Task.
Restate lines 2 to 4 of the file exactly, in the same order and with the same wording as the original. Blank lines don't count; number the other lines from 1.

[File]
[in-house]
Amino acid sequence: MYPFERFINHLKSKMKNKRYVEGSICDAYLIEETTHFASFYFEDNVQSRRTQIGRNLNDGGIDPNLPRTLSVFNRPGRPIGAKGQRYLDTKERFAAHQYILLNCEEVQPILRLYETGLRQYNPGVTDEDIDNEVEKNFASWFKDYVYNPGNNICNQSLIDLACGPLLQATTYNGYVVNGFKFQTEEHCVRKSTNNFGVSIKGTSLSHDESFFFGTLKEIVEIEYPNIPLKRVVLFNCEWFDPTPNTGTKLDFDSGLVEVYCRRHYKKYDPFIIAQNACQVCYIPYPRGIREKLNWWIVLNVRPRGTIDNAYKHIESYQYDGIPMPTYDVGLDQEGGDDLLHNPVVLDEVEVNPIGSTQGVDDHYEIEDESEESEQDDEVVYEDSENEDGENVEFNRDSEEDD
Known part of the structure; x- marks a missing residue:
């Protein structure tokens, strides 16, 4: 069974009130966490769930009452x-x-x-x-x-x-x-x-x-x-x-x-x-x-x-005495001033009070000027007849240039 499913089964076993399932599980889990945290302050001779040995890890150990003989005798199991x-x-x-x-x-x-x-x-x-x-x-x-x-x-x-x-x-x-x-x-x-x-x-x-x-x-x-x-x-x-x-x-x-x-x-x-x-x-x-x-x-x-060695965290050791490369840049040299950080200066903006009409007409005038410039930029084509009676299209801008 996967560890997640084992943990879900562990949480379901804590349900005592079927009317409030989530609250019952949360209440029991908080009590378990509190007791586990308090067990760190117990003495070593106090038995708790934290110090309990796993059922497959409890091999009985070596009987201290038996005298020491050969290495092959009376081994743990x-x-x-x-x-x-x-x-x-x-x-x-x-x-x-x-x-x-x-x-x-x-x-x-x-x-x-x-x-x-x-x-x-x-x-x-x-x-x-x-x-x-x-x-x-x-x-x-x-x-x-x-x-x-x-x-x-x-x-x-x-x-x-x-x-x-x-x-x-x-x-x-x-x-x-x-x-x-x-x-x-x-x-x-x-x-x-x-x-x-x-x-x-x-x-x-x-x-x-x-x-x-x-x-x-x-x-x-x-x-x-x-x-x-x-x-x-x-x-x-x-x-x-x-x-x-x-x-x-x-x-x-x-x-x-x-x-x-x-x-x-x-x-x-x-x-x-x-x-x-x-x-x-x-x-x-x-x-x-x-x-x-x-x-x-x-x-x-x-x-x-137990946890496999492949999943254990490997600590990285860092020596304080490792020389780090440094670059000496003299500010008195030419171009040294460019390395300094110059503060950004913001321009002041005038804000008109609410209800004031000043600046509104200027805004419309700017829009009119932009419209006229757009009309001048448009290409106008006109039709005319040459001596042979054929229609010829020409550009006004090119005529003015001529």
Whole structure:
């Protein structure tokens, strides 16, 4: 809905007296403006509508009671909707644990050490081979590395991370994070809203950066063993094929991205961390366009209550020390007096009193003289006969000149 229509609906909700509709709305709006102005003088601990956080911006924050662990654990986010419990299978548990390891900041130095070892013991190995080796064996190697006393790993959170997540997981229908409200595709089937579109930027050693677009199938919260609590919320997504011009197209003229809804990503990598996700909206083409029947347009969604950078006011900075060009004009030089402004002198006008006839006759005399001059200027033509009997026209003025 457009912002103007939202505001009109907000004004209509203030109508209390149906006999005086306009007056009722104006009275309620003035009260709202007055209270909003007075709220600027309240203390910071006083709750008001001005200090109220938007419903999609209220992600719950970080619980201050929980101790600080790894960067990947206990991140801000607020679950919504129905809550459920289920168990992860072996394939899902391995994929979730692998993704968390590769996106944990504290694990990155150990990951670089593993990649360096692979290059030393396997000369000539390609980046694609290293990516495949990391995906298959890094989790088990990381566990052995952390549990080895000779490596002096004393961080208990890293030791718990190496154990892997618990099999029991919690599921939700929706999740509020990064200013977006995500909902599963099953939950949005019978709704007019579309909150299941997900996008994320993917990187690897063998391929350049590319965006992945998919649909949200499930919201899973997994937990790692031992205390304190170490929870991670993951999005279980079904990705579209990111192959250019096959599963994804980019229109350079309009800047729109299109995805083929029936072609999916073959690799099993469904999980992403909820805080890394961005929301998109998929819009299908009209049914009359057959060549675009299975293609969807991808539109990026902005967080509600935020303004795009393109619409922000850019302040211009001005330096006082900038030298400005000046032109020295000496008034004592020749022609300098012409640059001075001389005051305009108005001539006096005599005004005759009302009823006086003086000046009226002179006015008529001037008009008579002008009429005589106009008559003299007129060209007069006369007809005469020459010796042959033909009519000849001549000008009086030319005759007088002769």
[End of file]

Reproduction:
Amino acid sequence: MYPFERFINHLKSKMKNKRYVEGSICDAYLIEETTHFASFYFEDNVQSRRTQIGRNLNDGGIDPNLPRTLSVFNRPGRPIGAKGQRYLDTKERFAAHQYILLNCEEVQPILRLYETGLRQYNPGVTDEDIDNEVEKNFASWFKDYVYNPGNNICNQSLIDLACGPLLQATTYNGYVVNGFKFQTEEHCVRKSTNNFGVSIKGTSLSHDESFFFGTLKEIVEIEYPNIPLKRVVLFNCEWFDPTPNTGTKLDFDSGLVEVYCRRHYKKYDPFIIAQNACQVCYIPYPRGIREKLNWWIVLNVRPRGTIDNAYKHIESYQYDGIPMPTYDVGLDQEGGDDLLHNPVVLDEVEVNPIGSTQGVDDHYEIEDESEESEQDDEVVYEDSENEDGENVEFNRDSEEDD
Known part of the structure; x- marks a missing residue:
């Protein structure tokens, strides 16, 4: 069974009130966490769930009452x-x-x-x-x-x-x-x-x-x-x-x-x-x-x-005495001033009070000027007849240039 499913089964076993399932599980889990945290302050001779040995890890150990003989005798199991x-x-x-x-x-x-x-x-x-x-x-x-x-x-x-x-x-x-x-x-x-x-x-x-x-x-x-x-x-x-x-x-x-x-x-x-x-x-x-x-x-x-060695965290050791490369840049040299950080200066903006009409007409005038410039930029084509009676299209801008 996967560890997640084992943990879900562990949480379901804590349900005592079927009317409030989530609250019952949360209440029991908080009590378990509190007791586990308090067990760190117990003495070593106090038995708790934290110090309990796993059922497959409890091999009985070596009987201290038996005298020491050969290495092959009376081994743990x-x-x-x-x-x-x-x-x-x-x-x-x-x-x-x-x-x-x-x-x-x-x-x-x-x-x-x-x-x-x-x-x-x-x-x-x-x-x-x-x-x-x-x-x-x-x-x-x-x-x-x-x-x-x-x-x-x-x-x-x-x-x-x-x-x-x-x-x-x-x-x-x-x-x-x-x-x-x-x-x-x-x-x-x-x-x-x-x-x-x-x-x-x-x-x-x-x-x-x-x-x-x-x-x-x-x-x-x-x-x-x-x-x-x-x-x-x-x-x-x-x-x-x-x-x-x-x-x-x-x-x-x-x-x-x-x-x-x-x-x-x-x-x-x-x-x-x-x-x-x-x-x-x-x-x-x-x-x-x-x-x-x-x-x-x-x-x-x-x-x-137990946890496999492949999943254990490997600590990285860092020596304080490792020389780090440094670059000496003299500010008195030419171009040294460019390395300094110059503060950004913001321009002041005038804000008109609410209800004031000043600046509104200027805004419309700017829009009119932009419209006229757009009309001048448009290409106008006109039709005319040459001596042979054929229609010829020409550009006004090119005529003015001529």